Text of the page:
I hustled back to Estero. I paid the $4 fee with the usual assortment of ancient amateur birders who just walking to alligator pond seemed like a task. It isn’t very far and flat walking. I hope to not be that immobile at age 70. The naturalist (not a naturist!) said they put some water in the pond and the Godwits and sandpipers left just that weekend, oh well, they weren’t my goal. I sat and waited and five minutes later at the feeder a pair of Buff bellied Hummingbirds showed up and one sat and let me get its picture. Not perfect but a picture.
They are nice hummingbirds. I had heard a rumor of the dreaded, elusive, purple Gallinule here a week earlier but nobody had looked back at Grebe Pond. I decided to give it a shot. Nothing was at grebe pond except Grackles and they were carrying on, I walked over to Alligator Pond but didn’t see anything of note (especially the Green Kingfisher that has taunted me in the past) and being mid-day it wasn’t prime birding time. I came back and swatted bugs at Grebe Pond for a minute and then I heard something, I don’t know but it wasn’t a grackle and it was subtle. I walked to the side where you cant really see anything and a Green Kingfisher came in and I almost got a decent photo but alas the tall grass was in the way..again…
Then I got the feeling something was there so violating ALL decorum I got out my call and played the gallinule call for a minute then again….nothing. I walked back to the main trail and did it again. A very purplish head came up, looked my way then part of the back and then woosh, gone back in the grass. It was a Gallinule but was it a purple one. Initially I swore it so, but it was awkward light, nobody had seen it for a week, besides that one, reporting one at Estero would cause a ruckous more severe than reporting a rose-breasted becard or a jacana….and much like Anhinga Trail in Florida I seriously wondered if that bird was ‘real.’ All Gallinule seem purple to me. I don’t know I called it and then I backtracked. As of now I’m not. I’m not 100%. I vowed to not use my calls at a state park or NWR for the rest of May, well I’d try to be good.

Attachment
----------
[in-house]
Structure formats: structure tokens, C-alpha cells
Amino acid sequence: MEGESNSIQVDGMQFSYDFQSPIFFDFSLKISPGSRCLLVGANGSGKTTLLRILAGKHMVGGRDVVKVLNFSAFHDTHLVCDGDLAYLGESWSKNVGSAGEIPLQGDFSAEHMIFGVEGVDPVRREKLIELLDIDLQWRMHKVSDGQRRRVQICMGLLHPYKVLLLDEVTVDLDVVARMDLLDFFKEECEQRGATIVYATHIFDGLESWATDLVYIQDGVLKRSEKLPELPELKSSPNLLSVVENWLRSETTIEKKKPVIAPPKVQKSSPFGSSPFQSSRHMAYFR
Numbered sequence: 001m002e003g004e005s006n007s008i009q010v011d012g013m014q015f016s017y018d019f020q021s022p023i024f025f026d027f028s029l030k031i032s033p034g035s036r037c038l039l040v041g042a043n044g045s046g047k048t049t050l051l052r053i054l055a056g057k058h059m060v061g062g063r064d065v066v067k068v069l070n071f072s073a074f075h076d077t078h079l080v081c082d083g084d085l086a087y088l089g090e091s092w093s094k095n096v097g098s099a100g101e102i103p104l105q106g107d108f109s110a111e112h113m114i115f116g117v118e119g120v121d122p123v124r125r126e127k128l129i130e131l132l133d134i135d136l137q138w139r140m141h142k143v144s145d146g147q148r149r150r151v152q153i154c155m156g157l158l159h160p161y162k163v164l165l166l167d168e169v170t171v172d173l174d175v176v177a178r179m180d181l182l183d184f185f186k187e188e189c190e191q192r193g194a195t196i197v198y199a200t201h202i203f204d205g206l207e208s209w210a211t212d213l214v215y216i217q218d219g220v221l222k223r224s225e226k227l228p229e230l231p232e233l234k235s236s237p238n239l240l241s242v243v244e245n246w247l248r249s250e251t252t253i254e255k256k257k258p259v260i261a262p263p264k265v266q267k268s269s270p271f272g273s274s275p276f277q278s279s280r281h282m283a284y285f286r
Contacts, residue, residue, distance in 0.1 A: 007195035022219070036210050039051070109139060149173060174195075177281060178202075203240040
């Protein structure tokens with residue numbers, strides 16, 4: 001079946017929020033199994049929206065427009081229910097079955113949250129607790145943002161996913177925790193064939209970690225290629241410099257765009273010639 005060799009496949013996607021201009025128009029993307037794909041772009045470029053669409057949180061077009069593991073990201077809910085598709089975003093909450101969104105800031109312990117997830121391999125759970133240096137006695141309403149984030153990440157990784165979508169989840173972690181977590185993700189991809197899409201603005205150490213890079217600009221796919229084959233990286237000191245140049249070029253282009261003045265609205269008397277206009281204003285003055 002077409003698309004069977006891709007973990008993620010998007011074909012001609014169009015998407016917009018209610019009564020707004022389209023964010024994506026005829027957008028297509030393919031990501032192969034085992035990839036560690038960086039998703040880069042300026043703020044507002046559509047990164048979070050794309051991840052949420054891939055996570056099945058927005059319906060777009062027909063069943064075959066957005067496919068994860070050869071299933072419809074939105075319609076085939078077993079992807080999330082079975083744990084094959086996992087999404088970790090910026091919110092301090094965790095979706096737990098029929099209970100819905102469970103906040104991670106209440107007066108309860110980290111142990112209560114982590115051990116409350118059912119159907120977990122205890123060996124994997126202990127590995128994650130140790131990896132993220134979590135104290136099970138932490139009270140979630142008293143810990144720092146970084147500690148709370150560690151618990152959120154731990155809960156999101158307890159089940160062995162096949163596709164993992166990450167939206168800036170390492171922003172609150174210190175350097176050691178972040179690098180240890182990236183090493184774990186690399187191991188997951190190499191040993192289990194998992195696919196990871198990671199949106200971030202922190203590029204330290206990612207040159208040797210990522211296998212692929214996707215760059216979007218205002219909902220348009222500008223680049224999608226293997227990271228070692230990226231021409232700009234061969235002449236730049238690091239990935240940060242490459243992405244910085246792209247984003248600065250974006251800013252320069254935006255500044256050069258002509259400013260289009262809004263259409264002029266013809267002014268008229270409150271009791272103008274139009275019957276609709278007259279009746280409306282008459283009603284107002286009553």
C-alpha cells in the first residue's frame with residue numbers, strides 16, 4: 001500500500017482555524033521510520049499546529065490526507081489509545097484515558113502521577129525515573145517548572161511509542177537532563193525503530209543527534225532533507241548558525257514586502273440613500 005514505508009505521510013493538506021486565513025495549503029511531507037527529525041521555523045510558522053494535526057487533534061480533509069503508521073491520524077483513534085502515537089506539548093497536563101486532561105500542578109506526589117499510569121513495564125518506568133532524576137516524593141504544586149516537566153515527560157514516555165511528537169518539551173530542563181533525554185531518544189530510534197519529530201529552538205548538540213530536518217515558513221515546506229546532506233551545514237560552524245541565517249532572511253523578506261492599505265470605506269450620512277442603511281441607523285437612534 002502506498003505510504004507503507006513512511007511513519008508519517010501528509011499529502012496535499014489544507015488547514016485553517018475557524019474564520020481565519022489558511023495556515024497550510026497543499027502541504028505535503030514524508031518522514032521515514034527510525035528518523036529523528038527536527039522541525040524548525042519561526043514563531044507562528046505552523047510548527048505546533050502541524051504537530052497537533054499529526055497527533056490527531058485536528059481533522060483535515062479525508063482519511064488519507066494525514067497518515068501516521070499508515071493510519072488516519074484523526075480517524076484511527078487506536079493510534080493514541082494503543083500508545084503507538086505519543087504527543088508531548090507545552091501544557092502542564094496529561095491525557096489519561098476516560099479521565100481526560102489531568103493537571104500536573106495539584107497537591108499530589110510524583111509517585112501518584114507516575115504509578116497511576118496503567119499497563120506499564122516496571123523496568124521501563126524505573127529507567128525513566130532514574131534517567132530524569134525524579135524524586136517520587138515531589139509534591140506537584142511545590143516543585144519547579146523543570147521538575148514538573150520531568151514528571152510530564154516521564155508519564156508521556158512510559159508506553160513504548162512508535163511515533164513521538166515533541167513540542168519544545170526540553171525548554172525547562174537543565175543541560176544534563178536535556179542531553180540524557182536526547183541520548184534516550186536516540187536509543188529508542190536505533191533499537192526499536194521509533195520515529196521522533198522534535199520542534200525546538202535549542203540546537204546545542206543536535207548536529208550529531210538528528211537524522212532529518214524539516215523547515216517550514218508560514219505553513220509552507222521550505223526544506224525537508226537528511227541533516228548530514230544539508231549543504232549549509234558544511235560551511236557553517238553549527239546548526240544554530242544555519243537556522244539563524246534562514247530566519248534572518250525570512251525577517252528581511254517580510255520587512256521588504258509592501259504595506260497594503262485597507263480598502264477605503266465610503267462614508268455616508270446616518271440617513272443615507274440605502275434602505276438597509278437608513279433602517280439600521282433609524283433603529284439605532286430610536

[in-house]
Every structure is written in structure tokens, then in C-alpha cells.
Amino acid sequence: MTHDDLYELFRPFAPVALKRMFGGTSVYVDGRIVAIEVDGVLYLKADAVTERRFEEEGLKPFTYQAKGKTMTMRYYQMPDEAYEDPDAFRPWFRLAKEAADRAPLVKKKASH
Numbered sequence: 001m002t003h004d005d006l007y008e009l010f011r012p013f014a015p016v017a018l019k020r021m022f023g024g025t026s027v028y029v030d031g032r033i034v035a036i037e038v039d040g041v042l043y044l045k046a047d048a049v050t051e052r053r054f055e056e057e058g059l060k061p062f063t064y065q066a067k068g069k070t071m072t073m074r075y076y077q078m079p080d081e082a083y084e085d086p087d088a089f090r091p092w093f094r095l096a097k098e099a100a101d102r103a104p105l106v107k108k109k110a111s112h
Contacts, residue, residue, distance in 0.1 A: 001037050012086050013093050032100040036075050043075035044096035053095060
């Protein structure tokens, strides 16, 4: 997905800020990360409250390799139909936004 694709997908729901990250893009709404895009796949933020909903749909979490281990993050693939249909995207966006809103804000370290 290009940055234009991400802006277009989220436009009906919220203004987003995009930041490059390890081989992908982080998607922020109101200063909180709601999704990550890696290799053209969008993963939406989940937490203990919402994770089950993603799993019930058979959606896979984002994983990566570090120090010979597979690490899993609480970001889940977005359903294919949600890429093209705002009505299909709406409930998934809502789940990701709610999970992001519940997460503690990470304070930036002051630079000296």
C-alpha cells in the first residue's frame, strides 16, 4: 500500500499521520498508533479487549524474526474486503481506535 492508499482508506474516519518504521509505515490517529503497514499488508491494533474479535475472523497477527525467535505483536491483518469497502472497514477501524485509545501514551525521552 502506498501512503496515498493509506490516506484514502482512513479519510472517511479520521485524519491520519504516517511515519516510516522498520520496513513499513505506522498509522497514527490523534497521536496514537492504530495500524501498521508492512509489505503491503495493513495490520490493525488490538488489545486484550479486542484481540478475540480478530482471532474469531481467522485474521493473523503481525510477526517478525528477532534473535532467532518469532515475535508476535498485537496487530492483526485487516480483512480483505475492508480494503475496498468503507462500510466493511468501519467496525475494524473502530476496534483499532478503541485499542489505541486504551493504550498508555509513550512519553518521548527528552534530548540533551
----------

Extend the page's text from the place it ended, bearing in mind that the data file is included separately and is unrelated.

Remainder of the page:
I zipped out and the next stop was back at Anzalduas Park just past McAllen. It was hot and uncrowded and a typical park. At least they waived the entrance fee for me. Besides the intermittent storming of the area by crazed border agents on ATVs, it was peaceful. Mexico was a short swim area to their park maybe 200 feet from our swimming area. It seemed sort of silly. I watched a Mexican family swim under the suspicious eye of a deputy sheriff.
Lots of skittish Bronzed cowbirds worked the grass with a lone clay-colored thrush that refused a non-blurry photograph. I think this is a better and easier place to get them than Bentsen nearby. I looked and looked for a Parula they had seen four days before but all I heard was swallows. Hot and tired I drove on after a good look for the Tropical Parula, I felt good about it.